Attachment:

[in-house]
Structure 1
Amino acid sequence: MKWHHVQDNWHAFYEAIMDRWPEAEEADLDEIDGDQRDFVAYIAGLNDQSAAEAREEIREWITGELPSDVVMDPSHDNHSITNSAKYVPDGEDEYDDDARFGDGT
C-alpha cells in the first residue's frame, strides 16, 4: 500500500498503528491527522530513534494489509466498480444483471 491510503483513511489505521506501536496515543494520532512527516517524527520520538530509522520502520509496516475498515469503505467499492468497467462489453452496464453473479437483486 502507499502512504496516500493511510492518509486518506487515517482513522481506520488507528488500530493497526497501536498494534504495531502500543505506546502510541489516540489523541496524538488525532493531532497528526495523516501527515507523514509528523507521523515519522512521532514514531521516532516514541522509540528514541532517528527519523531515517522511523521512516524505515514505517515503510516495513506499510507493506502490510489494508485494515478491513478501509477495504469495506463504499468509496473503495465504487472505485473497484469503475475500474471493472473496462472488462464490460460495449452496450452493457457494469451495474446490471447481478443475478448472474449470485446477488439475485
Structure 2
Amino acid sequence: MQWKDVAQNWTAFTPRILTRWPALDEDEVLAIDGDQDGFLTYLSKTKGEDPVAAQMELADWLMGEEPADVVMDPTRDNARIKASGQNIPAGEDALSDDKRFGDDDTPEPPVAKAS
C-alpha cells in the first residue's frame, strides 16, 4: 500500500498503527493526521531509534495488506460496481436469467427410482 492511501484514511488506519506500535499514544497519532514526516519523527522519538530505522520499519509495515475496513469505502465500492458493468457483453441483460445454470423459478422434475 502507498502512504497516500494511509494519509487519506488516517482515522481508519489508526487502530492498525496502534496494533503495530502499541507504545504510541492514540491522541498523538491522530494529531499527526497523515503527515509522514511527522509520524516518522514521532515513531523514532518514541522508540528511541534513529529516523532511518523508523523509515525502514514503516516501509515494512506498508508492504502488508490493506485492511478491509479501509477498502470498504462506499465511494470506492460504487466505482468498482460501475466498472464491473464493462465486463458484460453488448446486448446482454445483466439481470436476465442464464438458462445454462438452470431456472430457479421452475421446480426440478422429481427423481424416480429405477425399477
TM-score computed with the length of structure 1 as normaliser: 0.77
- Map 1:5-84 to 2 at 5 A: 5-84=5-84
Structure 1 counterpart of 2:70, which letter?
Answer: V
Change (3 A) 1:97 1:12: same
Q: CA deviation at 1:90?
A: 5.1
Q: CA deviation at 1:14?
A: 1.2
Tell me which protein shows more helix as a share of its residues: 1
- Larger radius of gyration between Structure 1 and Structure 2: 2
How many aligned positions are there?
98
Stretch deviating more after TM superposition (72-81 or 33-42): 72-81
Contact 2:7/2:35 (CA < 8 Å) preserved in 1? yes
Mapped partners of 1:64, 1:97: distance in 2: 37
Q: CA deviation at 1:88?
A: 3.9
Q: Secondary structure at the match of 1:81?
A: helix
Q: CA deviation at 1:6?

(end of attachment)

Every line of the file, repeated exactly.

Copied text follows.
[in-house]
Structure 1
Amino acid sequence: MKWHHVQDNWHAFYEAIMDRWPEAEEADLDEIDGDQRDFVAYIAGLNDQSAAEAREEIREWITGELPSDVVMDPSHDNHSITNSAKYVPDGEDEYDDDARFGDGT
C-alpha cells in the first residue's frame, strides 16, 4: 500500500498503528491527522530513534494489509466498480444483471 491510503483513511489505521506501536496515543494520532512527516517524527520520538530509522520502520509496516475498515469503505467499492468497467462489453452496464453473479437483486 502507499502512504496516500493511510492518509486518506487515517482513522481506520488507528488500530493497526497501536498494534504495531502500543505506546502510541489516540489523541496524538488525532493531532497528526495523516501527515507523514509528523507521523515519522512521532514514531521516532516514541522509540528514541532517528527519523531515517522511523521512516524505515514505517515503510516495513506499510507493506502490510489494508485494515478491513478501509477495504469495506463504499468509496473503495465504487472505485473497484469503475475500474471493472473496462472488462464490460460495449452496450452493457457494469451495474446490471447481478443475478448472474449470485446477488439475485
Structure 2
Amino acid sequence: MQWKDVAQNWTAFTPRILTRWPALDEDEVLAIDGDQDGFLTYLSKTKGEDPVAAQMELADWLMGEEPADVVMDPTRDNARIKASGQNIPAGEDALSDDKRFGDDDTPEPPVAKAS
C-alpha cells in the first residue's frame, strides 16, 4: 500500500498503527493526521531509534495488506460496481436469467427410482 492511501484514511488506519506500535499514544497519532514526516519523527522519538530505522520499519509495515475496513469505502465500492458493468457483453441483460445454470423459478422434475 502507498502512504497516500494511509494519509487519506488516517482515522481508519489508526487502530492498525496502534496494533503495530502499541507504545504510541492514540491522541498523538491522530494529531499527526497523515503527515509522514511527522509520524516518522514521532515513531523514532518514541522508540528511541534513529529516523532511518523508523523509515525502514514503516516501509515494512506498508508492504502488508490493506485492511478491509479501509477498502470498504462506499465511494470506492460504487466505482468498482460501475466498472464491473464493462465486463458484460453488448446486448446482454445483466439481470436476465442464464438458462445454462438452470431456472430457479421452475421446480426440478422429481427423481424416480429405477425399477
TM-score computed with the length of structure 1 as normaliser: 0.77
- Map 1:5-84 to 2 at 5 A: 5-84=5-84
Structure 1 counterpart of 2:70, which letter?
Answer: V
Change (3 A) 1:97 1:12: same
Q: CA deviation at 1:90?
A: 5.1
Q: CA deviation at 1:14?
A: 1.2
Tell me which protein shows more helix as a share of its residues: 1
- Larger radius of gyration between Structure 1 and Structure 2: 2
How many aligned positions are there?
98
Stretch deviating more after TM superposition (72-81 or 33-42): 72-81
Contact 2:7/2:35 (CA < 8 Å) preserved in 1? yes
Mapped partners of 1:64, 1:97: distance in 2: 37
Q: CA deviation at 1:88?
A: 3.9
Q: Secondary structure at the match of 1:81?
A: helix
Q: CA deviation at 1:6?